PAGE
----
From June 2003 to June 2005, altogether 85 patients were enrolled as a part of the ISKE project. Derivation of the CMR study group of 41 patients with their first revascularized MI and complete CMRs data are presented in Fig. 1A. Patients presented with a median peak CK-MB of 86 μg/L (range 5–736 μg/L, IQR 40–216 μg/L) (Table 1). Half (47%) of the patients had a multiple vessel disease and 59% anterior infarct. Thirty-five (85%) patients were treated with PCI, four (10%) with CABG and 2 (5%) with thrombolysis only.
Fig. 1
Fig. 1

Study flow chart (a). Correlation of peak CK-MB with recovery (b) and chronic (c) scar size at CMR (n = 41). Correlation of recovery scar size with scar size change between CMRs (d); only patients with visible scar (n = 35) included. Correlation of age with left ventricular (LV) mass change between CMRs (e) (n = 41). Abbreviations: CMR cardiovascular magnetic resonance, MI myocardial infarction, UAP unstable angina pectoris, MACE major adverse cardiac event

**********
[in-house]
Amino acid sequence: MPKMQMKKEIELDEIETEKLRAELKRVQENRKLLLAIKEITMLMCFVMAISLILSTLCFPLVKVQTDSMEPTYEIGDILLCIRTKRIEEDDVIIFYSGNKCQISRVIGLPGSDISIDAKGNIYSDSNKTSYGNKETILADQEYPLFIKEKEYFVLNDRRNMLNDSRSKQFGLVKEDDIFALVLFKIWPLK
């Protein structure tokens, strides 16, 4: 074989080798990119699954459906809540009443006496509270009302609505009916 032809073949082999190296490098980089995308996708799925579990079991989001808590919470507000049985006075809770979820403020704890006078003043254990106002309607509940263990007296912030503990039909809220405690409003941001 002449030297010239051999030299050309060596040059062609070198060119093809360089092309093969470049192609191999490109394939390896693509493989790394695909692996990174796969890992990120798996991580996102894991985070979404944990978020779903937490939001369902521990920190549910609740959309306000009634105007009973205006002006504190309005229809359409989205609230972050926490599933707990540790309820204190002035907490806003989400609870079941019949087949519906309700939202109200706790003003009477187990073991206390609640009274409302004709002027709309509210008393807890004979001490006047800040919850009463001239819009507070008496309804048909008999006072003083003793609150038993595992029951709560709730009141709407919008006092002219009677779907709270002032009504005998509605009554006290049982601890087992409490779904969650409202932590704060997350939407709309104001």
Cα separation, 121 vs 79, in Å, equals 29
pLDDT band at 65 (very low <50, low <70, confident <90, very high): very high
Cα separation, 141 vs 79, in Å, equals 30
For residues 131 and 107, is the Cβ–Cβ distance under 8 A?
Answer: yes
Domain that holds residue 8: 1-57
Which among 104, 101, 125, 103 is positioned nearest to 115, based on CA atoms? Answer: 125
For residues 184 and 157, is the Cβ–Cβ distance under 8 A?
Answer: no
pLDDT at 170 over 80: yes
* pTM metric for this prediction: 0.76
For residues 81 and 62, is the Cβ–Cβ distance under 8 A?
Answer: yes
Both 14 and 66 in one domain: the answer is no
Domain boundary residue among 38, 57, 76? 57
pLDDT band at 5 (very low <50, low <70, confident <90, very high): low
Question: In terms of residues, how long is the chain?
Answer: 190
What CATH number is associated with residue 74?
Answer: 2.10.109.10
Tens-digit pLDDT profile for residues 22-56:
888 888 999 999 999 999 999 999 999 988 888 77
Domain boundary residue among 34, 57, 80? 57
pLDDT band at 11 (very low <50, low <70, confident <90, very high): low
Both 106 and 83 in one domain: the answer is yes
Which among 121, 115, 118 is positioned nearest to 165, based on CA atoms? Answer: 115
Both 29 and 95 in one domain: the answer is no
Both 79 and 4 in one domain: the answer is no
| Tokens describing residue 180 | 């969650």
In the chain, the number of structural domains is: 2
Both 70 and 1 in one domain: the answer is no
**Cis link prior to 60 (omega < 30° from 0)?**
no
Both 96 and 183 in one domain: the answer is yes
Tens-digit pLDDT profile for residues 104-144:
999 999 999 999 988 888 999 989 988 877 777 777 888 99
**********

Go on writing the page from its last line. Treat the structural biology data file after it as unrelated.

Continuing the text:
Table 1

Baseline characteristics (n = 41)

Demographics

 Age, year

60 (50–67)

 Gender, male

34 (83)

 Body mass index, kg/m2

27 (24–30)

Cardiovascular risk factors

 Dyslipidemia

35 (85)

 Hypertension

14 (34)

 Diabetes

8 (20)

 Smoking

16 (39)

 Family risk for coronary artery disease

25 (61)

ST-elevation myocardial infarction

33 (81)

Culprit coronary artery

 Left anterior descending (or left main)

24 (59)

 Circumflex artery

5 (12)

 Right coronary

12 (29)

Multiple vessel disease

19 (46)

Anterior infarct

24 (59)

Method of reperfusion

 Thrombolysis

2 (5)

 Primary percutaneus coronary intervention

35 (85)

 Coronary artery bypass graft

4 (10)

Peak CK-MB (μg/L)

86 (40–216)

Discharge medication

 Aspirin

38 (93)

 Clopidogrel

37 (90)

 Beta blocker

40 (98)

 ACE-inhibitor/AT2-blocker